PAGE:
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I came across this article in the November, 1997 issue of the journal Nature and thought it was worthy of posting here.
"Some of the homobasidiomycete group of fungi, which includes most of the mushrooms with which we are familiar, have earned exotic names such as bird's nest and puffball because of the appearance of their fruiting bodies (the part of the fungus that produces the spores).
Traditional classification divides this group into the gilled fungi (which have fruiting bodies with a cap and a gilled underpart containing the spores) and the puffballs and relatives (in which the spores are enclosed within variously shaped fruiting bodies). The gilled species expel their spores by an elaborate ballistic mechanism (ballistospory) whereas the puffballs, for instance, slowly crumble; gently releasing their cargo. Although fruiting bodies are diverse in appearance, their anatomy is very simple. This, coupled with the dearth of fossil evidence, has made it difficult to unravel the fungal family tree.
Writing in The Proceedings of the National Academy of Sciences, David Hibbett and colleagues have tackled the complexities of fungal evolution by molecular analyses of 81 species. They compared the nucleotide sequences of various genes and drew up a family tree based on the similarity of sequences between different species.
It turns out that the same gill-and-cap style of fruiting body evolved at least six times. Furthermore, some of the puffballs and their relatives arose from their gilled cousins whereas others, such as the bird's nest fungus, developed independently. It seems that the group including the puffballs never evolved into gilled mushrooms. The authors surmise that ballistospory can develop into other forms of dispersal, but the reverse has not occurred."
If these findings are correct, I wonder what the significance of them could be? That is, why can ballistospory develop into other forms of dispersal, but the reverse hasn't occurred? Do you guys have any ideas? I thought this was a very interesting article, as I have not learned anything of fungal evolution until reading this.
As far as I know, the evolutionary history of fungi is still pretty much a mystery, and I'd like to read up more on what is known about this subject. My list of things to research is becoming quite intimidating!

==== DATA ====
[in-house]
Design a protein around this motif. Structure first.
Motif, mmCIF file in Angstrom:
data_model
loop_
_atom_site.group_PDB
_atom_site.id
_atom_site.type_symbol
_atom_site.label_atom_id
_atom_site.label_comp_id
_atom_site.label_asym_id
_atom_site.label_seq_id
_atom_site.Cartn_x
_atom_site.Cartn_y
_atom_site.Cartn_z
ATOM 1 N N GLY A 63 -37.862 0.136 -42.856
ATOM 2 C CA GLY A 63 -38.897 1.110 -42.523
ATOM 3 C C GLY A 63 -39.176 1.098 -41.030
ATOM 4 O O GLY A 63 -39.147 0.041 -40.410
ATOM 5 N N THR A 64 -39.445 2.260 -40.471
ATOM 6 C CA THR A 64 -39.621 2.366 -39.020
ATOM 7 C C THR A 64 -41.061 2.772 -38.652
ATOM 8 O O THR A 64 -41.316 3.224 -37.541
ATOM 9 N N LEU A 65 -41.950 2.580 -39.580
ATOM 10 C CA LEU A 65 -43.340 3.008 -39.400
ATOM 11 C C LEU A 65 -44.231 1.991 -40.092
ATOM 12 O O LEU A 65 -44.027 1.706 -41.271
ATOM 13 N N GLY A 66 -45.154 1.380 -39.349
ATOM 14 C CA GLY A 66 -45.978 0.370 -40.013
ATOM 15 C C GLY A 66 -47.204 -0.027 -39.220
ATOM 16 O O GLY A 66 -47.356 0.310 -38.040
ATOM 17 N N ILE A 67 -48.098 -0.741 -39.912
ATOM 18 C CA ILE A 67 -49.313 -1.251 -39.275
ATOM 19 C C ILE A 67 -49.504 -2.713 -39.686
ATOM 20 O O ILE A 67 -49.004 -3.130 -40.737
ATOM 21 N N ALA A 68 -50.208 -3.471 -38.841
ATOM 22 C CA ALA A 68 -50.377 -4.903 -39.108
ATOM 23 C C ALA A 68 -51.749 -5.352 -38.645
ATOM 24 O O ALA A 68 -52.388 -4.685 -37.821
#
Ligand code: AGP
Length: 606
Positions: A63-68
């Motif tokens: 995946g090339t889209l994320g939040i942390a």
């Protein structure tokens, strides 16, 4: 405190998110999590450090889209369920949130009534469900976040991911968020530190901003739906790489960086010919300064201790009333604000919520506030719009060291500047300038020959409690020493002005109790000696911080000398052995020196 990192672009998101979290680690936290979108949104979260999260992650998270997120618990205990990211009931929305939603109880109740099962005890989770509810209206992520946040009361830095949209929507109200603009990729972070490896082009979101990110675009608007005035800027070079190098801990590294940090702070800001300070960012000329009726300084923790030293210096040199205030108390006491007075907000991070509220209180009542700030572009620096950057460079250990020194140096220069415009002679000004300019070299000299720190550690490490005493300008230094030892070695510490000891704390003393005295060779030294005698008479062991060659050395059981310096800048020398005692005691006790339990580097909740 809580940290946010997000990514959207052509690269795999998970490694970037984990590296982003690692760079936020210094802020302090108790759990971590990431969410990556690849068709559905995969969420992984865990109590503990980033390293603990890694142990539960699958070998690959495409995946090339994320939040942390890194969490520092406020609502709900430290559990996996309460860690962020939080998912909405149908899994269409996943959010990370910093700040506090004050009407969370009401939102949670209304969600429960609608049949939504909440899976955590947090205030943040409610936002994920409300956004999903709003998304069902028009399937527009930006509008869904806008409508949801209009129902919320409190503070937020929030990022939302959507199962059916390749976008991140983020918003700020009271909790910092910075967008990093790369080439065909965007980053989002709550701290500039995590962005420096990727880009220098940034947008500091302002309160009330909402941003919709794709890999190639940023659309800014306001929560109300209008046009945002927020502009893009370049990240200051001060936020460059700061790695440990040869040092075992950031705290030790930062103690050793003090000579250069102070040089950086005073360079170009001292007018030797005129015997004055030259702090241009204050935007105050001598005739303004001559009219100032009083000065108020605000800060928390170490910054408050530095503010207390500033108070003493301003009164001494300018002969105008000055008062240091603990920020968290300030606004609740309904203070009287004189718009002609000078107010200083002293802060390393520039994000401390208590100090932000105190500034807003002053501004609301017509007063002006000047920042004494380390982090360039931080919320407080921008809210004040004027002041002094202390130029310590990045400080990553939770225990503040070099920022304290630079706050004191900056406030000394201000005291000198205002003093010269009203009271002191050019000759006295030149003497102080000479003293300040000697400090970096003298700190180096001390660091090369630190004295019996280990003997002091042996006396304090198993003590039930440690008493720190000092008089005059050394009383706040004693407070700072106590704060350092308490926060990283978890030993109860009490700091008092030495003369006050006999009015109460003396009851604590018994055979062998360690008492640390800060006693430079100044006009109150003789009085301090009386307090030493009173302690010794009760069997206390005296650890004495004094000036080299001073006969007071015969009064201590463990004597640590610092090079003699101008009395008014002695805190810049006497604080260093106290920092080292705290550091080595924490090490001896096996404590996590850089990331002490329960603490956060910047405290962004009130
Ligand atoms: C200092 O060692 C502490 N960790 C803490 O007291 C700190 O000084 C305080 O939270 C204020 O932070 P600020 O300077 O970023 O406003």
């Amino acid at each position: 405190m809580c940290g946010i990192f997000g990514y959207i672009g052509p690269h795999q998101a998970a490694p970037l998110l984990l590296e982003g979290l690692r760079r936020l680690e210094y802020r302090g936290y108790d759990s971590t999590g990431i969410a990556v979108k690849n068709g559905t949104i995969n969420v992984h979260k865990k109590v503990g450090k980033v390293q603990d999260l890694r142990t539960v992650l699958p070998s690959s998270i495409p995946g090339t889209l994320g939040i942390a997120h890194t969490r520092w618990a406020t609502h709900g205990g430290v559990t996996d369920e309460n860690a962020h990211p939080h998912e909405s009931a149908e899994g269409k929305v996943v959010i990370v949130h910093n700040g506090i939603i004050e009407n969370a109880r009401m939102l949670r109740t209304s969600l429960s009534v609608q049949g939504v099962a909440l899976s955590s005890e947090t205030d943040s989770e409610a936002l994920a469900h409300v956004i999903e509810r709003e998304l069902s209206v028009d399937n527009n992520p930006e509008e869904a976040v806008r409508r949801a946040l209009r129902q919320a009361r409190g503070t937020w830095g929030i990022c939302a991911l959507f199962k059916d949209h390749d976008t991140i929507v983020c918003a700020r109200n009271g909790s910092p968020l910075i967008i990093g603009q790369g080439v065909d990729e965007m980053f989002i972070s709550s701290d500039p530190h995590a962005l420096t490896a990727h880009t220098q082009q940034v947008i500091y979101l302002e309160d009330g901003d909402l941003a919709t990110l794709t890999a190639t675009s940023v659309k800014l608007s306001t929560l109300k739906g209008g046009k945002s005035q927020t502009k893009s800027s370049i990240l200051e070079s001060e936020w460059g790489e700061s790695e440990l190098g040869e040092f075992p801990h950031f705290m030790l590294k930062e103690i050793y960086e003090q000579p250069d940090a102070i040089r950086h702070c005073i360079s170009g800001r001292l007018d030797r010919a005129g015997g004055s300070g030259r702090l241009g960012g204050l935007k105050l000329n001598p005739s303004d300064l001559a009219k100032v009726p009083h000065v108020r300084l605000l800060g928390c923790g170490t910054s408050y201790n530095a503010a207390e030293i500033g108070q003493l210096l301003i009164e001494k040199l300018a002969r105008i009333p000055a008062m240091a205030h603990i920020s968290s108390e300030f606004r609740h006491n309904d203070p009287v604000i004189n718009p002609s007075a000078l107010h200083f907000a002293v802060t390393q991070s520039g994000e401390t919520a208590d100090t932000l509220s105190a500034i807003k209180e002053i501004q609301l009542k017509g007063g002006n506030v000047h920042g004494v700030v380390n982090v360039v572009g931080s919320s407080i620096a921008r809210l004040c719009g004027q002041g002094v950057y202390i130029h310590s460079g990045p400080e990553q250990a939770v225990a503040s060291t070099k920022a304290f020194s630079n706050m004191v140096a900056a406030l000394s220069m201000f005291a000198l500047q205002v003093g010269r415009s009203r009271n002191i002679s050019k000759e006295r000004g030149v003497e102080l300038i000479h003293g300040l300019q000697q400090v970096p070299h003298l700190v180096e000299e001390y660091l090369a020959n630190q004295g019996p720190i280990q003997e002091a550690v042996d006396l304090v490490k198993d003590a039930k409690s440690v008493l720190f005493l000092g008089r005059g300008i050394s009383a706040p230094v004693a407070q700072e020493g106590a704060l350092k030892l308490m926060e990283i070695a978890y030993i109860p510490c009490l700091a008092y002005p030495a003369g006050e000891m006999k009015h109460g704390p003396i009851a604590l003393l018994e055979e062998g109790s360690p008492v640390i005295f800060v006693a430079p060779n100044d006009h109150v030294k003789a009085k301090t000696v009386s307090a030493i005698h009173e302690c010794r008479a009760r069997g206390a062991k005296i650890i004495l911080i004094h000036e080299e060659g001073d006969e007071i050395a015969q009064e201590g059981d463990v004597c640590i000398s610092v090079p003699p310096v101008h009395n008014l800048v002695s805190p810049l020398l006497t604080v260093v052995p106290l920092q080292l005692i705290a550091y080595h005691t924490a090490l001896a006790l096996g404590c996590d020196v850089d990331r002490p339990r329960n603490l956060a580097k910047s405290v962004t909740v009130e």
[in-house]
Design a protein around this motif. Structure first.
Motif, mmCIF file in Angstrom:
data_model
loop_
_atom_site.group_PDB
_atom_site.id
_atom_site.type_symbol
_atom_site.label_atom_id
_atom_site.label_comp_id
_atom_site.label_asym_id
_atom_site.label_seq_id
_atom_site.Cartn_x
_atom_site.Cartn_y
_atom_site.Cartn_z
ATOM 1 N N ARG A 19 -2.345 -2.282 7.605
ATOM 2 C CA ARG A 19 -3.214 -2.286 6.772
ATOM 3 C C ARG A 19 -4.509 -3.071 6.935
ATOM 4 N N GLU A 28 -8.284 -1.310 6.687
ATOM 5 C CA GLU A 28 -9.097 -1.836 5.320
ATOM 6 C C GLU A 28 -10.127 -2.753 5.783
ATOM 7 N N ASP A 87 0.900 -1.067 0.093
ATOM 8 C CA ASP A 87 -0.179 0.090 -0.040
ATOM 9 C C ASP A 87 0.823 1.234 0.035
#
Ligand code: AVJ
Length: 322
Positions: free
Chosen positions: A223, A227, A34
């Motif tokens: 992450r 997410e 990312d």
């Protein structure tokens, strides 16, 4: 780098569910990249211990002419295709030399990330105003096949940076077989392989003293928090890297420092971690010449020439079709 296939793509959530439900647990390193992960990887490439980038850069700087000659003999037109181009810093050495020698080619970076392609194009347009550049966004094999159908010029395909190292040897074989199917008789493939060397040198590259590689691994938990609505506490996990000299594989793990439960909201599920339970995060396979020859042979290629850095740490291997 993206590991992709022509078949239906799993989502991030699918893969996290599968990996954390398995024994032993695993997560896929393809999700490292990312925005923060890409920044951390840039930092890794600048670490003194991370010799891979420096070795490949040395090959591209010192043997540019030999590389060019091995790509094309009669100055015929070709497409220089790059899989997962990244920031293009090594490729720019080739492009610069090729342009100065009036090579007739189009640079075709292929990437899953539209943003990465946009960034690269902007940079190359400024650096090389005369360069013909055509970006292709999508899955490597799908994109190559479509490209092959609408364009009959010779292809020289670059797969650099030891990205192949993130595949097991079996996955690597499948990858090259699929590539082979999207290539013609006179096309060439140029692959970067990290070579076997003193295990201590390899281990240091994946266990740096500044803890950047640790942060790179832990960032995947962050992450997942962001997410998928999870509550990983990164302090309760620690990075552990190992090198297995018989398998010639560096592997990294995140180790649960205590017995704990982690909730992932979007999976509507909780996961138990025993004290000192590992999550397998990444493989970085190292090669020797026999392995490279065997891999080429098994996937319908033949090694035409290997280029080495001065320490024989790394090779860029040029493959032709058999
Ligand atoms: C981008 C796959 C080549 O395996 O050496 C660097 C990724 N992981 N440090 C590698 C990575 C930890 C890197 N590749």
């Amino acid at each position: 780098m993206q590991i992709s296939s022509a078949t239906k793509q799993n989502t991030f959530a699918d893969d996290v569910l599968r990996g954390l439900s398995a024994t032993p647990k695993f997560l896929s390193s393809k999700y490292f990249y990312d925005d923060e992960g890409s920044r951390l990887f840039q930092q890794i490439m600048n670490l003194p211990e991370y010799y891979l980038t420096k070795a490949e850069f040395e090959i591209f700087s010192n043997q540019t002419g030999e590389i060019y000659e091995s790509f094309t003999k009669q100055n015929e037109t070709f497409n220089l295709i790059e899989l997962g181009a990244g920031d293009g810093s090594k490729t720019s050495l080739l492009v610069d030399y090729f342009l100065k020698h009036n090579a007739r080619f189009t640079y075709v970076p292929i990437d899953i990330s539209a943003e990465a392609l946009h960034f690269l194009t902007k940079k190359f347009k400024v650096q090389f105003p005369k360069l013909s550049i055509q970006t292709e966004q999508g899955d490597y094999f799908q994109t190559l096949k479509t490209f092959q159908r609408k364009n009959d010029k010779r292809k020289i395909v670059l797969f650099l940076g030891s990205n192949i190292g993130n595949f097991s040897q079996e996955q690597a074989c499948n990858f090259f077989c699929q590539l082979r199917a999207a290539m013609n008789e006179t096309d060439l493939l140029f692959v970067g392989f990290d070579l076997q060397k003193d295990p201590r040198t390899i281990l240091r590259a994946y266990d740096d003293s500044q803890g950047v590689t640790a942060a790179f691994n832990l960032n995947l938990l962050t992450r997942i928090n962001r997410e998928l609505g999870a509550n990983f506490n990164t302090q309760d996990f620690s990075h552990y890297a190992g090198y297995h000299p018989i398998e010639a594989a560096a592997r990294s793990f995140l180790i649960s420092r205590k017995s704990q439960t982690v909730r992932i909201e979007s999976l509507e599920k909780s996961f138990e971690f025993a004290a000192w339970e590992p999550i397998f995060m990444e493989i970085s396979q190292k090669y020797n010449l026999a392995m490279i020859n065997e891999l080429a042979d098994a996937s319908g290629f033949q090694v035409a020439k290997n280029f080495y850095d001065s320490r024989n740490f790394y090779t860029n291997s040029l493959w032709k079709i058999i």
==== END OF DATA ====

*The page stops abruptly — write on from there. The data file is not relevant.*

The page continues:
I believe that biological evolution has a lot to do with geographic location. Maybe the different mushrooms evolved differently because of changing climates, spore distribution to new areas, and things like that. I think one reason that gilled-fungi would evolve to puff-ball fungi is because of a change in moisture in their habitats. If the climate got drier, maybe the mushrooms would want to find a way to send their spores farther away to a moist environment where germination would be better. It's kind of strange that scientists haven't spent more time studying fungi considering how much they've impacted human civilization. I heard a man named James Arthur on a radio talk show who did a wonderful speech on how mushrooms helped evolve early religions and human conciousness. You should look him up if your interested in that stuff, he wrote a book called "Mushrooms and Mankind", its pretty interesting.
-------------------- "The only unchangeable certainty is that nothing is certain and everything is changeable."
I think one reason that gilled-fungi would evolve to puff-ball fungi is because of a change in moisture in their habitats. If the climate got drier, maybe the mushrooms would want to find a way to send their spores farther away to a moist environment where germination would be better.
This makes a lot of sense. Another article about fungi that I came across in one of those Nature journals talked about a study done that showed gilled fungi have a higher spore release rate during times of high humidity.
Maybe it is not necessarily to send spores farther away to moister environments (because then why wouldn't they evolve back to a gilled fungi once they reached a moist environment?), but they were forced to evolve into puffball fungi when the climate got drier simply to ensure a large spore release. Since gilled fungi release more spores when it is humid out, drier climate would have caused their reproduction rate to go way down. Then maybe there were mutant gilled fungi that were similar to puffball fungi, and these ones ended up releasing more spores, and eventually (through natural selection), only the puffball fungi remained and it became a new species.